The title of the course for this semester is "Parallel processing in
scientific computing: Parallelism in Branch and Bound Algorithms for Optimization
and in Partial Differential Equations." We will be following our
primary text (*Parallel
and Distributed Computation: Numerical Methods* by Bertsekas et al;)
for the basics of parallel processing, and we will be doing assignments
from that text; we may also use *Parallel
Scientific Computing in C++ and MPI*, George Em Karniadakis and Robert
M. Kirby II, Cambridge Univ. Press, QA76.58 K37 2003, ISBN 0-521-81754-4.
This may occupy us for most of the Fall semester.

Along with exercises in the text, we will be doing "hands-on" work in an actual parallel environment: The "bigred" cluster recently deployed at CACS. This will require a knowledge of either C++ or FORTRAN 77. We will cover in class MPI, the "Message Passing Interface" library, that will be used to effect execution on multiple processors.

Here is a motivational description for the course:

On computers or distributed systems of computers with more than one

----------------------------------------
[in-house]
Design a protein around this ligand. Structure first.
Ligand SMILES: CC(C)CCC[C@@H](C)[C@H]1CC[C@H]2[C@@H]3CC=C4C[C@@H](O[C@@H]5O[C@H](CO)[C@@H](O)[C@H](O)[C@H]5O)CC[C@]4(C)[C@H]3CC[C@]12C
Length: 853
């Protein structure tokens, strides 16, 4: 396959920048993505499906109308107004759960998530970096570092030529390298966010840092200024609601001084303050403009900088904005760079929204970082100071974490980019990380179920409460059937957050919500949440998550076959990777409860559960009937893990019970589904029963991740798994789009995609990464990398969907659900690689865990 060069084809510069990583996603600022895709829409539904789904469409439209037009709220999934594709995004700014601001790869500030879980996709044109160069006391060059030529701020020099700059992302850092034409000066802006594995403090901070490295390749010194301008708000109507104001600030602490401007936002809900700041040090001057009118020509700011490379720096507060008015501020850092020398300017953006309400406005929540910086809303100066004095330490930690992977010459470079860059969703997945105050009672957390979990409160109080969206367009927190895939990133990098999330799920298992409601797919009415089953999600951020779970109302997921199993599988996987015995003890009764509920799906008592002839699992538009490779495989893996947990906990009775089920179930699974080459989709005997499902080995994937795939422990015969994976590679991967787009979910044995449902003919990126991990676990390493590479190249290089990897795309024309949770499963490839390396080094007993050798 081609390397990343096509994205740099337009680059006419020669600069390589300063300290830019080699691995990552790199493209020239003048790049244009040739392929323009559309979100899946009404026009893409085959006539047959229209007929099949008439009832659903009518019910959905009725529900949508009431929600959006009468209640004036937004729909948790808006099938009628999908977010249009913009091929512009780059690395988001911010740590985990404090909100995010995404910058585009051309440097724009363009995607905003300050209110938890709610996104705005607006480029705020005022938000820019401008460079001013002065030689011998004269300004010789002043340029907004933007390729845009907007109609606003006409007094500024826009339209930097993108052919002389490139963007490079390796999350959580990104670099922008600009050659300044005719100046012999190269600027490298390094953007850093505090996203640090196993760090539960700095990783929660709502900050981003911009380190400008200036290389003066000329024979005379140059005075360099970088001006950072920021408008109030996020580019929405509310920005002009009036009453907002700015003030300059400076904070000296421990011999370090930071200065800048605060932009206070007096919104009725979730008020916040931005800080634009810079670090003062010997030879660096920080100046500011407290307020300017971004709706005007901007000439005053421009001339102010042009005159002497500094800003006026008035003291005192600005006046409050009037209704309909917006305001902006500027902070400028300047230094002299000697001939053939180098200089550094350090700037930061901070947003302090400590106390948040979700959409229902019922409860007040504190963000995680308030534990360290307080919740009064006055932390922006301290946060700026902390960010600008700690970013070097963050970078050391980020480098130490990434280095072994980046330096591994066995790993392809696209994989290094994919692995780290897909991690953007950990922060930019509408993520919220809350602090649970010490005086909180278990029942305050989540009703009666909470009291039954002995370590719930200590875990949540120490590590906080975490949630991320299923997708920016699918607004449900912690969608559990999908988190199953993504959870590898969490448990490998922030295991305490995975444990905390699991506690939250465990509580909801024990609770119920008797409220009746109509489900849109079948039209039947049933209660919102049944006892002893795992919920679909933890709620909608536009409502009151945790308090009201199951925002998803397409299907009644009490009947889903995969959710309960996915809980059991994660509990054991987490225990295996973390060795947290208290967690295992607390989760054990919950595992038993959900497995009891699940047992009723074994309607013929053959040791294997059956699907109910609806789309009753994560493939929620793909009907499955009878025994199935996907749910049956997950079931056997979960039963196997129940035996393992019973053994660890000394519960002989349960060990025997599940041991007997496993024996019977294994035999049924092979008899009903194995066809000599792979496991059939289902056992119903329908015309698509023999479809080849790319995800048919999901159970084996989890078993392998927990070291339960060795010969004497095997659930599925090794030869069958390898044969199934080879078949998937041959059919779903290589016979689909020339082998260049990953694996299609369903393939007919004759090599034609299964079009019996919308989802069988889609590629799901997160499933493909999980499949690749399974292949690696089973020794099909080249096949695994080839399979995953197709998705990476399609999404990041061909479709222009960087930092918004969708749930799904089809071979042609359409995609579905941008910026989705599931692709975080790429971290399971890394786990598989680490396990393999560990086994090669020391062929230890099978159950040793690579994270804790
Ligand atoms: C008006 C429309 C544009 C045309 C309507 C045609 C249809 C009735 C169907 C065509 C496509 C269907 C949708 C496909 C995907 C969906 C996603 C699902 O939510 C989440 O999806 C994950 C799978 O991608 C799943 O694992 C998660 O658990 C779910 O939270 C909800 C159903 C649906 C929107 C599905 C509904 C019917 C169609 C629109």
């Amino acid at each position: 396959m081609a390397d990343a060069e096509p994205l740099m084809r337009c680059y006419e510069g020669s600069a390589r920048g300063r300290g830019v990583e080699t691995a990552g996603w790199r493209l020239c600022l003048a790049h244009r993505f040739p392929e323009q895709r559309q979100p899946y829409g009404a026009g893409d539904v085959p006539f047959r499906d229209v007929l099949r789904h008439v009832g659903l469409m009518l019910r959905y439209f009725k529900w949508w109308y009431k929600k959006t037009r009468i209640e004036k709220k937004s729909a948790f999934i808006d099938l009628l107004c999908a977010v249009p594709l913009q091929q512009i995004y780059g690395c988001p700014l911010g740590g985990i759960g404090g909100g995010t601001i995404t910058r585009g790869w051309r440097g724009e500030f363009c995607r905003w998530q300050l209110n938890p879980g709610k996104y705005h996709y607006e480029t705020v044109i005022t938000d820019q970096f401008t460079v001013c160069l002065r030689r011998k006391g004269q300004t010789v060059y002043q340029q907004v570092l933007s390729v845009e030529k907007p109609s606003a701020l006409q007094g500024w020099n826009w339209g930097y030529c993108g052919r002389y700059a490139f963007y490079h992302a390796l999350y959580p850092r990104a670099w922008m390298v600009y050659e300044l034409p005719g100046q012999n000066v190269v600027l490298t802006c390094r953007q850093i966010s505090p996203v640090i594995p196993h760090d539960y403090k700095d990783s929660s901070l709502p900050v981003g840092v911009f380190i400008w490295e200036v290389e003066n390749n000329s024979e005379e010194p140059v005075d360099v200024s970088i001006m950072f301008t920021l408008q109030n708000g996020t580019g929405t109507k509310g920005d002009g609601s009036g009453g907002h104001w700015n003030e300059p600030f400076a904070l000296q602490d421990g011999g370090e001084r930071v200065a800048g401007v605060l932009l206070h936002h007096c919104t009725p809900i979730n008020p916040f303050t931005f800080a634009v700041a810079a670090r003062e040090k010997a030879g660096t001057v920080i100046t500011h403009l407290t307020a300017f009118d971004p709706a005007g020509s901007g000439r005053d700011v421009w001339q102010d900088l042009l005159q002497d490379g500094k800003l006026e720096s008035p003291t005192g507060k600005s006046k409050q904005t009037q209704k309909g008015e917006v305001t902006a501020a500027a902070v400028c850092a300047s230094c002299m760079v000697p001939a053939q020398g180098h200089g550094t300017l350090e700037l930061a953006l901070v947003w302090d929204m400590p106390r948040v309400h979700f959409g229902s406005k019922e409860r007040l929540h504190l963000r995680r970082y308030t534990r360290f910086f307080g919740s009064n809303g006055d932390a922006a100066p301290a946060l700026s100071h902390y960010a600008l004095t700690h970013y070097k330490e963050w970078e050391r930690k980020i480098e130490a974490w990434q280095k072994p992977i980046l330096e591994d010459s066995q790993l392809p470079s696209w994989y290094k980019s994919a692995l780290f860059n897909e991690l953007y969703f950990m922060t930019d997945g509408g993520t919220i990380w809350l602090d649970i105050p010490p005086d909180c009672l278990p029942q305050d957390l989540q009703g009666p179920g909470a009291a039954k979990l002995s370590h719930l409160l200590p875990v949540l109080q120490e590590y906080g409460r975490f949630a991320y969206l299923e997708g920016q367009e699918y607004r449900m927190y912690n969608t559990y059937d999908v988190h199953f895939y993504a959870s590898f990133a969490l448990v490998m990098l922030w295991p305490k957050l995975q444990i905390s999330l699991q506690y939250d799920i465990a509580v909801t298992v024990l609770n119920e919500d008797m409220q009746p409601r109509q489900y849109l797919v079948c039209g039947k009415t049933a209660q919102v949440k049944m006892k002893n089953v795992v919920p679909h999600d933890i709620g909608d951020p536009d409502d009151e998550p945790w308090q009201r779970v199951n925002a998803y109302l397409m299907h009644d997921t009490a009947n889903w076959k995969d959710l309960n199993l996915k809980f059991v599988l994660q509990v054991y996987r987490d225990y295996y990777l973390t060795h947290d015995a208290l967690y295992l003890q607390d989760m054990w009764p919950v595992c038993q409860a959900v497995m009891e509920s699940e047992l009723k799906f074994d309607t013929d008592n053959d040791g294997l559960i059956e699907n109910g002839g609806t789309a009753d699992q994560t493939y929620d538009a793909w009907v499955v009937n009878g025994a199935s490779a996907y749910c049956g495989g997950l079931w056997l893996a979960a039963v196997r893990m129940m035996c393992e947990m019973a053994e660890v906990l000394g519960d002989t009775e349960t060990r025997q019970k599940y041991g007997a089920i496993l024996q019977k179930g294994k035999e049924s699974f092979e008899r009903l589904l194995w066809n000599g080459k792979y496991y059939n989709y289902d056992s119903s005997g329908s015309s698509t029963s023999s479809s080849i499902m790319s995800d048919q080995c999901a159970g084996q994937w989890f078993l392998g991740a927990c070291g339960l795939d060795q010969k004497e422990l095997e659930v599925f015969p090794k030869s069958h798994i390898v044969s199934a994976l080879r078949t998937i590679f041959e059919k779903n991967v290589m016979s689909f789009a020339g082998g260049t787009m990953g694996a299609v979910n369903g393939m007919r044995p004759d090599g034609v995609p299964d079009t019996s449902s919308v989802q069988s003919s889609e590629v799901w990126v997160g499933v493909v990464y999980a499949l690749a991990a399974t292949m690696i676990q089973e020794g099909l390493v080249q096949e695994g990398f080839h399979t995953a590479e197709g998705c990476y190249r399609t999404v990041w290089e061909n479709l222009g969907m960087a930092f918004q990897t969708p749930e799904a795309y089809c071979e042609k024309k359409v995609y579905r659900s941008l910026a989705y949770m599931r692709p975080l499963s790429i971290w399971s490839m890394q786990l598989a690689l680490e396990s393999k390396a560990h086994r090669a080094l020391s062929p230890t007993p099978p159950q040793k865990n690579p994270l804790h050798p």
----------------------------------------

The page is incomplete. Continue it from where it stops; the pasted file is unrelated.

processor, numerical algorithms often need to be viewed in fundamentally
different ways. However, creation of methods for such parallel architectures
is becoming increasingly important. First, parallel and distributed systems
are being used more and more to tackle otherwise intractable problems in
applications of scientific computing; for such problems, the University
of Louisiana's LITE installation and the State of Louisiana's LONI network
have been developed. Second, increased parallelism on multiple levels
is occurring even in mass-produced computational equipment; this is evidenced,
for example,

by Intel's "Core DUO" processors; the actual speed of each core is
usually slower than earlier single-core chips, and the full speed of the
chip cannot be attained for a particular application unless parallel algorithms
are used.

Two scientific computing problems of research interest in the department
will be considered in a parallel context:

- deterministic branch and bound algorithms for global optimization, and
- solution of systems of partial differential equations, such as might arise in three-dimensional fluid mechanics.

Although the course will focus on the numerical analysis and scientific
computing, relevant elements of parallel programming languages such as
MPI and PVM will be introduced. Experience on Louisiana's parallel processing
systems will be gained.

Check the Moodle course for additional materials and information.